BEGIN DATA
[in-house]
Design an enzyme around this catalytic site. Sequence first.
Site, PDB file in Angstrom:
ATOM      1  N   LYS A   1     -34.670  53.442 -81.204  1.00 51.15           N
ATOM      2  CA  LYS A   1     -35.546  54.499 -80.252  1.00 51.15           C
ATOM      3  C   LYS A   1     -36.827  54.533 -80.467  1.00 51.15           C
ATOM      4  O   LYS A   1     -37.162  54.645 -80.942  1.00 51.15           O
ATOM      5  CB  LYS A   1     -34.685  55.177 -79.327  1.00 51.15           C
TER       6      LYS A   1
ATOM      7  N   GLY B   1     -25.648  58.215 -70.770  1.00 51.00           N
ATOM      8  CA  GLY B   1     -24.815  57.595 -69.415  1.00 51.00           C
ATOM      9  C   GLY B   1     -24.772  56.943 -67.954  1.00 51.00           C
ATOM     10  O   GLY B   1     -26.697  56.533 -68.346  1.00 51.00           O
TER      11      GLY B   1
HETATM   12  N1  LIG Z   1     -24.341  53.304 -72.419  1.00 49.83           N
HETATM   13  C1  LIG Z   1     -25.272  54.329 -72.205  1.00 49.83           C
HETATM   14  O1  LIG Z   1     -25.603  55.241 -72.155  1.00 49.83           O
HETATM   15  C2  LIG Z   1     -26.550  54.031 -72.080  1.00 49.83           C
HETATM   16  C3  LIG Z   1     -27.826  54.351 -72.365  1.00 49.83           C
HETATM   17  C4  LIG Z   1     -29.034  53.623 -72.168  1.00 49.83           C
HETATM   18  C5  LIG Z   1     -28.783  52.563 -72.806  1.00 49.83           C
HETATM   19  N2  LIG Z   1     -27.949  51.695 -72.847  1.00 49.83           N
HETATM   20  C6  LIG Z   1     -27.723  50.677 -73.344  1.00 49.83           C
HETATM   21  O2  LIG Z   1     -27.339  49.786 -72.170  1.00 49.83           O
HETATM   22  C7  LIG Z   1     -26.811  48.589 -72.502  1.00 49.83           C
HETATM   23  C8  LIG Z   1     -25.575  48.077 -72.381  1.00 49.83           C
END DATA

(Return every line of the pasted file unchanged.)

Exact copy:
[in-house]
Design an enzyme around this catalytic site. Sequence first.
Site, PDB file in Angstrom:
ATOM      1  N   LYS A   1     -34.670  53.442 -81.204  1.00 51.15           N
ATOM      2  CA  LYS A   1     -35.546  54.499 -80.252  1.00 51.15           C
ATOM      3  C   LYS A   1     -36.827  54.533 -80.467  1.00 51.15           C
ATOM      4  O   LYS A   1     -37.162  54.645 -80.942  1.00 51.15           O
ATOM      5  CB  LYS A   1     -34.685  55.177 -79.327  1.00 51.15           C
TER       6      LYS A   1
ATOM      7  N   GLY B   1     -25.648  58.215 -70.770  1.00 51.00           N
ATOM      8  CA  GLY B   1     -24.815  57.595 -69.415  1.00 51.00           C
ATOM      9  C   GLY B   1     -24.772  56.943 -67.954  1.00 51.00           C
ATOM     10  O   GLY B   1     -26.697  56.533 -68.346  1.00 51.00           O
TER      11      GLY B   1
HETATM   12  N1  LIG Z   1     -24.341  53.304 -72.419  1.00 49.83           N
HETATM   13  C1  LIG Z   1     -25.272  54.329 -72.205  1.00 49.83           C
HETATM   14  O1  LIG Z   1     -25.603  55.241 -72.155  1.00 49.83           O
HETATM   15  C2  LIG Z   1     -26.550  54.031 -72.080  1.00 49.83           C
HETATM   16  C3  LIG Z   1     -27.826  54.351 -72.365  1.00 49.83           C
HETATM   17  C4  LIG Z   1     -29.034  53.623 -72.168  1.00 49.83           C
HETATM   18  C5  LIG Z   1     -28.783  52.563 -72.806  1.00 49.83           C
HETATM   19  N2  LIG Z   1     -27.949  51.695 -72.847  1.00 49.83           N
HETATM   20  C6  LIG Z   1     -27.723  50.677 -73.344  1.00 49.83           C
HETATM   21  O2  LIG Z   1     -27.339  49.786 -72.170  1.00 49.83           O
HETATM   22  C7  LIG Z   1     -26.811  48.589 -72.502  1.00 49.83           C
HETATM   23  C8  LIG Z   1     -25.575  48.077 -72.381  1.00 49.83           C